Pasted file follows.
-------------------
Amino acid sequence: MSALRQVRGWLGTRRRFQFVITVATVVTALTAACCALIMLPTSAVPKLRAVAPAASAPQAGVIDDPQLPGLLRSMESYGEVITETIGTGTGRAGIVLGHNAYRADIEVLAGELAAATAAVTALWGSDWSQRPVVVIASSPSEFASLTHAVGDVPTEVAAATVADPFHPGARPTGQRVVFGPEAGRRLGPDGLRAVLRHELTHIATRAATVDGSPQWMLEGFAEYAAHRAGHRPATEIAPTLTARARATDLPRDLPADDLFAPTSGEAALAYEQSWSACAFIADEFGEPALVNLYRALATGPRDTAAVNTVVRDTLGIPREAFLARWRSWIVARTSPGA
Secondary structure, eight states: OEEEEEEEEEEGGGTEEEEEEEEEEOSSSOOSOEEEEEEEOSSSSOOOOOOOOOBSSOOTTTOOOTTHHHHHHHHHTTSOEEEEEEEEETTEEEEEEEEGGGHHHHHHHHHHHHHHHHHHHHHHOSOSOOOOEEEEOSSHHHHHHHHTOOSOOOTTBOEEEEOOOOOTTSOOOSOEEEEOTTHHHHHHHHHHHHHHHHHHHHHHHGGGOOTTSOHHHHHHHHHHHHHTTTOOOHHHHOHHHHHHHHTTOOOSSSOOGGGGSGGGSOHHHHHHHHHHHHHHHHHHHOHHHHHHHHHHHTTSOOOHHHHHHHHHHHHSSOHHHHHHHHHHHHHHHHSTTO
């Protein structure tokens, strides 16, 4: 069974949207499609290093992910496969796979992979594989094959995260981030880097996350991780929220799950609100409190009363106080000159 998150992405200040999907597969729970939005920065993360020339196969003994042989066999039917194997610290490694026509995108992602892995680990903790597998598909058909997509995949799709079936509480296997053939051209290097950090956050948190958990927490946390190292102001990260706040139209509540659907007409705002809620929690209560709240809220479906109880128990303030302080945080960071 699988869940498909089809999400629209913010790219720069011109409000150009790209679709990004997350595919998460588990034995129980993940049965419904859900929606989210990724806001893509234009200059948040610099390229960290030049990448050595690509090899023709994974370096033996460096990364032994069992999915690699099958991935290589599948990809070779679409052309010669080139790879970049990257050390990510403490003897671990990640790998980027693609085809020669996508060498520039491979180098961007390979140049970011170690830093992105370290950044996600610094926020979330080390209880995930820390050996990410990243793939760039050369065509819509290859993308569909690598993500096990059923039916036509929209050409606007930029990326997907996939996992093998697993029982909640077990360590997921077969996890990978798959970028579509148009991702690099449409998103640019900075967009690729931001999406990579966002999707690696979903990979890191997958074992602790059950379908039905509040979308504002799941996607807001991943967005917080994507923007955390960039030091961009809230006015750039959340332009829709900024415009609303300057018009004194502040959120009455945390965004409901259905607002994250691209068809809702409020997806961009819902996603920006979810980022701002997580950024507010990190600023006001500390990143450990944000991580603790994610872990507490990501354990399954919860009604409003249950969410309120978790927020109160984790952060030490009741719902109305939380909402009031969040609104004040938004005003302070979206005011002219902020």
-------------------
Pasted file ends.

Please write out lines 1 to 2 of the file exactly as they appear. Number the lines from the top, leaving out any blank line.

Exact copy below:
Amino acid sequence: MSALRQVRGWLGTRRRFQFVITVATVVTALTAACCALIMLPTSAVPKLRAVAPAASAPQAGVIDDPQLPGLLRSMESYGEVITETIGTGTGRAGIVLGHNAYRADIEVLAGELAAATAAVTALWGSDWSQRPVVVIASSPSEFASLTHAVGDVPTEVAAATVADPFHPGARPTGQRVVFGPEAGRRLGPDGLRAVLRHELTHIATRAATVDGSPQWMLEGFAEYAAHRAGHRPATEIAPTLTARARATDLPRDLPADDLFAPTSGEAALAYEQSWSACAFIADEFGEPALVNLYRALATGPRDTAAVNTVVRDTLGIPREAFLARWRSWIVARTSPGA
Secondary structure, eight states: OEEEEEEEEEEGGGTEEEEEEEEEEOSSSOOSOEEEEEEEOSSSSOOOOOOOOOBSSOOTTTOOOTTHHHHHHHHHTTSOEEEEEEEEETTEEEEEEEEGGGHHHHHHHHHHHHHHHHHHHHHHOSOSOOOOEEEEOSSHHHHHHHHTOOSOOOTTBOEEEEOOOOOTTSOOOSOEEEEOTTHHHHHHHHHHHHHHHHHHHHHHHGGGOOTTSOHHHHHHHHHHHHHTTTOOOHHHHOHHHHHHHHTTOOOSSSOOGGGGSGGGSOHHHHHHHHHHHHHHHHHHHOHHHHHHHHHHHTTSOOOHHHHHHHHHHHHSSOHHHHHHHHHHHHHHHHSTTO